A total of three labor unions in the United States are charging that the third biggest wireless carrier in America is guilty of unethical business practices. Furthermore, the trio, which consists of the International Brotherhood of Teamsters, the Service Employees International Union and the United Farm Workers of America, are utilizing their consumer advocacy group, called Change To Win Retail Initiatives, to file a complaint against T-Mobile for conducting false advertising and placing its subscribers on services they never signed up for, like smartphone insurance plans, for instance.
What makes matters worse for T-Mobile (who interestingly does not have a unionized workforce) is that the complaint was filed with the Federal Communications Commission (FCC), with the advocacy group specifically requesting that the government agency look into the matter and if necessary, take some disciplinary action. If the FCC does act on this, things could be bad for the wireless carrier.
For a couple of years now, T-Mobile has been trying to shake up the industry by introducing new takes on how wireless services are delivered. Indeed, it has gotten rid of carrier contracts and subsidies for handsets, and even began offering unlimited video streaming perks to its subscribers via its Binge On feature (not without some controversy though). Its efforts may have paid off, allowing T-Mobile to gain over 27 million new subscribers since early 2013, making the wireless carrier the fastest growing of its kind throughout the whole industry. In 2015, T-Mobile even usurped Sprint’s place as the number three mobile service provider in the United States.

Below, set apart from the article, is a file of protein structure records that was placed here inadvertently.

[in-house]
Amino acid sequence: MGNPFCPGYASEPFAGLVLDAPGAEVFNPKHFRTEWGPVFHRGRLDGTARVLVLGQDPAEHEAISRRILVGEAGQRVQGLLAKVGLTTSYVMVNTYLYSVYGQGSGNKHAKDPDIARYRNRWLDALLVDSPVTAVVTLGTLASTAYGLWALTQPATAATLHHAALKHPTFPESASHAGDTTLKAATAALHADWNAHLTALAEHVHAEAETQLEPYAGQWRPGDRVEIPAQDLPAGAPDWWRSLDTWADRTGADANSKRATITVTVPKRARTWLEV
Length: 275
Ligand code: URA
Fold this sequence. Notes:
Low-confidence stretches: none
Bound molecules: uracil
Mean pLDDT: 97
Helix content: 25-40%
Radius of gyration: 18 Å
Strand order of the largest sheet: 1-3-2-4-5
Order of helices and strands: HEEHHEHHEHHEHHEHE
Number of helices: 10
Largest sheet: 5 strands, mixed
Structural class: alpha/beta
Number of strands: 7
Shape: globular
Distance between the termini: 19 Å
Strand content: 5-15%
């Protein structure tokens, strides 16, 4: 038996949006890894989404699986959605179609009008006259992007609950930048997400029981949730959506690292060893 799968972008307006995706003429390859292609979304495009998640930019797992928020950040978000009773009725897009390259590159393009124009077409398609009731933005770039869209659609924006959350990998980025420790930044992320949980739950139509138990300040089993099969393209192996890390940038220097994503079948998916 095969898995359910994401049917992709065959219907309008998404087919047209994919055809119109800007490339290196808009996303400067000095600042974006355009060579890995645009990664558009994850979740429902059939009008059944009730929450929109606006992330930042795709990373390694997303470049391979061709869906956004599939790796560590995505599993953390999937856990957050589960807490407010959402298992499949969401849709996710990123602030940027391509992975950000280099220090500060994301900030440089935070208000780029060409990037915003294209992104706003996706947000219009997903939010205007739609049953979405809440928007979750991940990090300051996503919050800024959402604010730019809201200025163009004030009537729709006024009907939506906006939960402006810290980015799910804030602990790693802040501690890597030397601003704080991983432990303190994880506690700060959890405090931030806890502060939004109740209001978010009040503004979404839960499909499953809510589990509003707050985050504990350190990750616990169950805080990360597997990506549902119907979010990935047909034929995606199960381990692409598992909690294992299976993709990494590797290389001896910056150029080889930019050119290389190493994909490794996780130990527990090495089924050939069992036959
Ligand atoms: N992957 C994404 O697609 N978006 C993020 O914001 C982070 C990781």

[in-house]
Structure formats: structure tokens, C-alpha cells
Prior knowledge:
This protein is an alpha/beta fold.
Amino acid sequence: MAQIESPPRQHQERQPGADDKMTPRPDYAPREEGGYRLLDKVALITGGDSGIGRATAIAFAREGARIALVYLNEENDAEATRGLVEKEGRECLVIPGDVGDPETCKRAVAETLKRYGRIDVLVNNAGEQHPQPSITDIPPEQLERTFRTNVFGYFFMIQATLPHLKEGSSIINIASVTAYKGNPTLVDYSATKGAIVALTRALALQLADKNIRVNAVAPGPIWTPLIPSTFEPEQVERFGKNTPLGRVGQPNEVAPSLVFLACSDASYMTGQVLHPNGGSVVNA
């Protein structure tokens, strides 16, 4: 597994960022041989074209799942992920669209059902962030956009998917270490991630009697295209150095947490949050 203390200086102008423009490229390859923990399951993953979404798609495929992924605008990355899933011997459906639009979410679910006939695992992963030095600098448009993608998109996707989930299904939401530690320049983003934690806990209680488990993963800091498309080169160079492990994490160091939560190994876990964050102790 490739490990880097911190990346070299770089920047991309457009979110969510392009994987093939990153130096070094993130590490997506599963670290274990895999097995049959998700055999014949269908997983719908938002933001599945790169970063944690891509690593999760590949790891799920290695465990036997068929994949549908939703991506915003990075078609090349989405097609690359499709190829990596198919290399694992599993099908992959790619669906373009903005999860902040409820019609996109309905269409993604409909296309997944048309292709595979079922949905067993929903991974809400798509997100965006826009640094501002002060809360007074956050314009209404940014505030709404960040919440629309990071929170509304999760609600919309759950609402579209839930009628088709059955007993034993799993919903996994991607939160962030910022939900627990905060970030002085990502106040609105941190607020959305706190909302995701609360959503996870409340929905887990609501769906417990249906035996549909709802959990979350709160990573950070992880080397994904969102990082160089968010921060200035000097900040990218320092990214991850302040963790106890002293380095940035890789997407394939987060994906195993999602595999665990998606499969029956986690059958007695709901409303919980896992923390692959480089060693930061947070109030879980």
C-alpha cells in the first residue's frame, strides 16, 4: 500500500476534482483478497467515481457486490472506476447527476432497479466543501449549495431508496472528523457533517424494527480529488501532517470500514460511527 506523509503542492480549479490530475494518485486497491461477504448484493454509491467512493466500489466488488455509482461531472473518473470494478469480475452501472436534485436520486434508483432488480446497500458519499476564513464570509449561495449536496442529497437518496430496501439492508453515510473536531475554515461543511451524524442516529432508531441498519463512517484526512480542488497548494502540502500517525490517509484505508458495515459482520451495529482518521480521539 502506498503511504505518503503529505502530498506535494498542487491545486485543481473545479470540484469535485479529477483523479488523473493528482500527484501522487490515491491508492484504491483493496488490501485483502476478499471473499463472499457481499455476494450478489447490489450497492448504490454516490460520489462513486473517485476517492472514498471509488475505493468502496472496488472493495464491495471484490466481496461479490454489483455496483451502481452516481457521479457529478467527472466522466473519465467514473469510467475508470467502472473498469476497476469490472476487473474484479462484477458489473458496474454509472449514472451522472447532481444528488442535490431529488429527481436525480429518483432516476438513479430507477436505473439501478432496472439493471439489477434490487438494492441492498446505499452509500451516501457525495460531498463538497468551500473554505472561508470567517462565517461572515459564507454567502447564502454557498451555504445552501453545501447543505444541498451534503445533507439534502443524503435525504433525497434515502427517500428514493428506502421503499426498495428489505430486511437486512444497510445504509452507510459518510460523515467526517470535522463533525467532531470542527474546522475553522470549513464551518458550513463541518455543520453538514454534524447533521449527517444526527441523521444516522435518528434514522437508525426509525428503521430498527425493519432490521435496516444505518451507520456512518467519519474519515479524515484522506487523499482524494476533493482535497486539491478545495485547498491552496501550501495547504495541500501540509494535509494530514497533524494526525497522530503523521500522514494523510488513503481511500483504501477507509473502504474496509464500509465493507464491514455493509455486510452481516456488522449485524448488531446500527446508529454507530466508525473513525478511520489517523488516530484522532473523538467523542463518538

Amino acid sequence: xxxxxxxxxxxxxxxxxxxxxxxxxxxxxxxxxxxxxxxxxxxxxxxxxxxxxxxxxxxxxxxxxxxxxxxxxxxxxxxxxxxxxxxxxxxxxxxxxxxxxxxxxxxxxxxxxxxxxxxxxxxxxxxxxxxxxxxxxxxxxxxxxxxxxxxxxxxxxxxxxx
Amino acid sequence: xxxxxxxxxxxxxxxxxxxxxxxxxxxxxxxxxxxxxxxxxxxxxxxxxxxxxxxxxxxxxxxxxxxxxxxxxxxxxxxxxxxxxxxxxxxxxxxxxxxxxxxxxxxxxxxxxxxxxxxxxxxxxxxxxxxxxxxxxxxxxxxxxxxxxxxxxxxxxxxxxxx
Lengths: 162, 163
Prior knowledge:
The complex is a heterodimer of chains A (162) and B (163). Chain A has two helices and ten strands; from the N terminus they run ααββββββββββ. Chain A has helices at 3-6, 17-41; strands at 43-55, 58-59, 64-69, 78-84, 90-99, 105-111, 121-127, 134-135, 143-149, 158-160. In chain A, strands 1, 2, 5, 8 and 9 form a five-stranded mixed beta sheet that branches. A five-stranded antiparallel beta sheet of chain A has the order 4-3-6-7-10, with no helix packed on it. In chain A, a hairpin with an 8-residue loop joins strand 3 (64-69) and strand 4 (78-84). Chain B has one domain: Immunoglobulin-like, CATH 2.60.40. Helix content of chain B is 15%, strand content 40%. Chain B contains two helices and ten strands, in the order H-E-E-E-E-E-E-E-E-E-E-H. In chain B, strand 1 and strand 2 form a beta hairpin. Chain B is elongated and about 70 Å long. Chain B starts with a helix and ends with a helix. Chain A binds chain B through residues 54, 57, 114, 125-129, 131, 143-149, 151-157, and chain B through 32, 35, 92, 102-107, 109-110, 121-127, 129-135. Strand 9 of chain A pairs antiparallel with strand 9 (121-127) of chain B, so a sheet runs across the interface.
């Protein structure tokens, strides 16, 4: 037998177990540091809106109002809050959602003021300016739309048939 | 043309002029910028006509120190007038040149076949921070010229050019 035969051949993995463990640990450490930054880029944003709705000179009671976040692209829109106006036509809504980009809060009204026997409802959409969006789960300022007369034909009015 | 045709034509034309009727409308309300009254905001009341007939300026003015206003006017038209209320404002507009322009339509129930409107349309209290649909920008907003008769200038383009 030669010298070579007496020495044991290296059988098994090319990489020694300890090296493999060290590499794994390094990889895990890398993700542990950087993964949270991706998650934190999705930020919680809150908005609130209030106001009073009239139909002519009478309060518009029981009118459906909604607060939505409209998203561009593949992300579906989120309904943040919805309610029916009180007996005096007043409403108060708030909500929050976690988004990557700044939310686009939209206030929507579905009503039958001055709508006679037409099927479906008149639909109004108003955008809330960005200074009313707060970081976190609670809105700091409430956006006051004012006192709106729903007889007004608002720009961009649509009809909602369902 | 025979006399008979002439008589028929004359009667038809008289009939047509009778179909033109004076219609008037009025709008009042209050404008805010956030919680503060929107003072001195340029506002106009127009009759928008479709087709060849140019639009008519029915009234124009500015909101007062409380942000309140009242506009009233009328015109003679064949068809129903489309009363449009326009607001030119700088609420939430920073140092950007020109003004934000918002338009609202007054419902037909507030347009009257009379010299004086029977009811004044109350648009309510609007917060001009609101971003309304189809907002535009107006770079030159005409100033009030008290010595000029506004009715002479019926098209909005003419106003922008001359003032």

But according to Change To Win Retail Initiatives, the reason T-Mobile got so many new subscribers was partly because it was signing up customers for services they never wanted in the first place. Whoops.
The advocacy group also pointed out that the wireless carrier’s no contract plans often require subscribers to either purchase an installment plan or lease a handset via T-Mobile, but once the user ends the service, he still has to bear the unpaid cost of the handset, whose amount can go over a two year agreement’s early termination fee.
And speaking of early termination fees, Change To Win Retail Initiatives is also attacking T-Mobile’s ads that state that the wireless carrier will pay the early termination fees for users switching from Verizon Wireless, AT&T, or Sprint. In reality, users have to pay for those fees upfront, and may have to wait for at least eight weeks or longer for reimbursement, with some customers claiming the refunds never came, which has negatively affected their credit ratings.
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